Home Home Home About Us Home About Us About Us About Us /links/index.html /links/index.html /links/index.html /advertising/index.html /links/index.html /advertising/index.html /advertising/index.html /advertising/index.html About Us About Us /archives/index.html About Us /archives/index.html About Us /archives/index.html /archives/index.html /subscribe/index.html /archives/index.html /subscribe/index.html /archives/index.html /subscribe/index.html /subscribe/index.html /survey/index.html /subscribe/index.html /survey/index.html /subscribe/index.html /survey/index.html /survey/index.html /survey/index.html /links/index.html /survey/index.html /links/index.html /links/index.html /links/index.html
Home About Us About Us /links/index.html /advertising/index.html /advertising/index.html
About Us /archives/index.html /archives/index.html /subscribe/index.html /subscribe/index.html /survey/index.html /survey/index.html /survey/index.html /links/index.html










Camps & Sports


Children’s Corner

Collected Features


Cover Stories

Distance Learning


Famous Interviews


Medical Update

Metro Beat

Movies & Theater


Music, Art & Dance

Special Education

Spotlight On Schools

Teachers of the Month


















New York City
August 2002
Beyond Special Ed: Options for Disabled Adults
By Marie Holmes

For the past decade, colleges, universities and other institutions have been required, under the Americans with Disabilities Act, to provide reasonable accommodation for the persons with disabilities whom they employ and serve. Most schools comply with the federal legislation through an office of disability services charged with providing everything from texts in Braille to a note-taking assistant for a student with a broken arm. The recent spat over the College Boards decision not to flag the SAT scores of students who take the exam under accommodated circumstancesextra timeis evidence of the breadth of the field of special education and the diversity of students served. The concerns of a college-bound dyslexic student, after all, are vastly different from those of the parents of an autistic child.

Disabled children do not graduate at age 18, says Carol Kasmin of the League School. Typically, says Ilysa Kramer, Clinical Director of the Morgan-Stanley Day Treatment Program at the League Center, this population says in high school until theyre 21 or 22. They age out rather than graduating.

And when these more severely disabled special education students do leave the system, where do they go?

Not as long ago as one would like to think, developmentally disabled persons were often institutionalized in places such as the infamous Willowbrook School in Staten Island, which closed its doors in 1987. Geraldo Riveras television cameras caught images inside its doors that sparked a public outcry across the nation, forcing politicians and policy makers to take action. In 1983, Governor Cuomo stated that Willowbrook, where living conditions amounted to human rights violations, must close its doors. In 1975, the State passed the Willowbrook Consent Decree, sparking a wave of reforms in the state and across the country.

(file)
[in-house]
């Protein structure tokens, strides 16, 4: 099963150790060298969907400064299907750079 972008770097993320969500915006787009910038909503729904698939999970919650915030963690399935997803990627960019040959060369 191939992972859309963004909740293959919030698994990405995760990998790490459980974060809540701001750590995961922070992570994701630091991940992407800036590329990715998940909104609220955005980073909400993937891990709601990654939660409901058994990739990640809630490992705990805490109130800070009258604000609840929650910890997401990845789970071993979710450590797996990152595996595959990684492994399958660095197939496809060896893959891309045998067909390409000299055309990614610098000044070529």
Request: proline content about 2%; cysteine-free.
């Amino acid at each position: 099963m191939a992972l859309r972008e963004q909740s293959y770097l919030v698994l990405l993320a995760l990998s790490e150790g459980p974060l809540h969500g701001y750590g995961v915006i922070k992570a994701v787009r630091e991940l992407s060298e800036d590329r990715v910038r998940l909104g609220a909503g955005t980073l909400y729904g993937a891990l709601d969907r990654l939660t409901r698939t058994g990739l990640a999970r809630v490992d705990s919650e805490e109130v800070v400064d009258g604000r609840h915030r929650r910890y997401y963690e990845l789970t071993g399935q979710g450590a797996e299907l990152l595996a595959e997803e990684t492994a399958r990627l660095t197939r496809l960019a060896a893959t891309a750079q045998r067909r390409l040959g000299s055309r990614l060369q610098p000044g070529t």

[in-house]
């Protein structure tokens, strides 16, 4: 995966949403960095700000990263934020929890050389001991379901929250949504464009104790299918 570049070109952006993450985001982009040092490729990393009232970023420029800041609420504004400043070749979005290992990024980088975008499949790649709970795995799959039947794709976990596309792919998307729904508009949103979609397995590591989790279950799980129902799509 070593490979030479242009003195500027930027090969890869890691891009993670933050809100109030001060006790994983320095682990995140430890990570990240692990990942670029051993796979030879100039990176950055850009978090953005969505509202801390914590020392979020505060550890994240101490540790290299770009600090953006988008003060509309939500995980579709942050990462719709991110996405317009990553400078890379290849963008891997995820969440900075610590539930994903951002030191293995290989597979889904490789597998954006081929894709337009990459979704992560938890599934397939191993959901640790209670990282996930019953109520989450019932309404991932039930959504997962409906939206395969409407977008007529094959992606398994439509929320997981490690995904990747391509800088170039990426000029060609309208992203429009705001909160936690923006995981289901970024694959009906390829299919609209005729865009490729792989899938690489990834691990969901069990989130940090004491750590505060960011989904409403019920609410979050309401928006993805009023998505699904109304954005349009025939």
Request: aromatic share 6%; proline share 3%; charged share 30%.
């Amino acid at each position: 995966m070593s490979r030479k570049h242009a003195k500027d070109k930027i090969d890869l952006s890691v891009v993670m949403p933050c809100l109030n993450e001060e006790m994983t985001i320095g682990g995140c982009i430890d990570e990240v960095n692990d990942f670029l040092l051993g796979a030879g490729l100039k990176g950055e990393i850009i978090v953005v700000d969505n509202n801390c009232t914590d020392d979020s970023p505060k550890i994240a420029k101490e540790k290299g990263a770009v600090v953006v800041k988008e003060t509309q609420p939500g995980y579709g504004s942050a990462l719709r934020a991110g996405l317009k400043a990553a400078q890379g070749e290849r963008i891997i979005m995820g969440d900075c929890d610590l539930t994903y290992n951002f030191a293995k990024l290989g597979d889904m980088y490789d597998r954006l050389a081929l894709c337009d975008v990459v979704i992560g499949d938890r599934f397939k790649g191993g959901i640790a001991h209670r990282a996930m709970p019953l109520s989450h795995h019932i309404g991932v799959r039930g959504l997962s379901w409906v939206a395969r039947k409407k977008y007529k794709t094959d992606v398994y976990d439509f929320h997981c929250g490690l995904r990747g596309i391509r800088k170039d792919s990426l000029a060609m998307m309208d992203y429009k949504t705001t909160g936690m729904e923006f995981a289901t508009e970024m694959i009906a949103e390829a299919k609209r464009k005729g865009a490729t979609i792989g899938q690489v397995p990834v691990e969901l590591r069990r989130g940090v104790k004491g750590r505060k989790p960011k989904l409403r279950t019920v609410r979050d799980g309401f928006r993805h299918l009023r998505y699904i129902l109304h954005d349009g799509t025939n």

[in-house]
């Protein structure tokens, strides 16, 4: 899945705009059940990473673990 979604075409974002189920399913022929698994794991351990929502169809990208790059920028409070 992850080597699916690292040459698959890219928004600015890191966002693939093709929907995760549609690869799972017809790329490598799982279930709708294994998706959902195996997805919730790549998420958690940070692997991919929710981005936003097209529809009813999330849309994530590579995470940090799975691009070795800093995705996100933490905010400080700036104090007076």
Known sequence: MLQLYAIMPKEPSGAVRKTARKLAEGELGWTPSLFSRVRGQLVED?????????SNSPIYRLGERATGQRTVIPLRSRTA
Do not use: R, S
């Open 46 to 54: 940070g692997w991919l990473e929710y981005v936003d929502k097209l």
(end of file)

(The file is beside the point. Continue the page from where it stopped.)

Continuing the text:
While change could not come quickly enough for persons trapped in these inhumane conditions, today, less than two decades after Willowbrooks closure, deinstitutionalization has taken a firm hold in the field.

Despite shrinking education budgets, developmentally disabled persons and their families can now choose from a variety of programs to suit their individual needs. Increasingly, the goal of social workers, clinicians and counselors is not only to bring these persons to the greatest level of independence that they can reach, but also to help them become active members of their communities.

For lower-functioning persons who need constant supervision in a more structured environment, a day treatment program is usually the best option. Terri Ross, of the Queens Center for Progress (QCP), formerly United Cerebral Palsy of Queens, explains that many of these consumers need hand-over-hand assistance in completing the most rudimentary daily tasks. Because their disabilities have left them physically contracted, special attention is paid to the act of eating. One of the problems, says Ross, is [that] people aspirate food and get food in their lungs and get pneumonia. The staff does not, however, devote entire days of instruction to chewing and swallowing. We want to do it creatively, says Ross. Physical and speech therapy sessions are supplemented with music, art and even horseback riding, all activities designed to benefit physical and emotional comfort.

Its amazing to watch people who have severe contraction get on the horse and watch their limbs loosen up with the movement of the horse, comments Ross.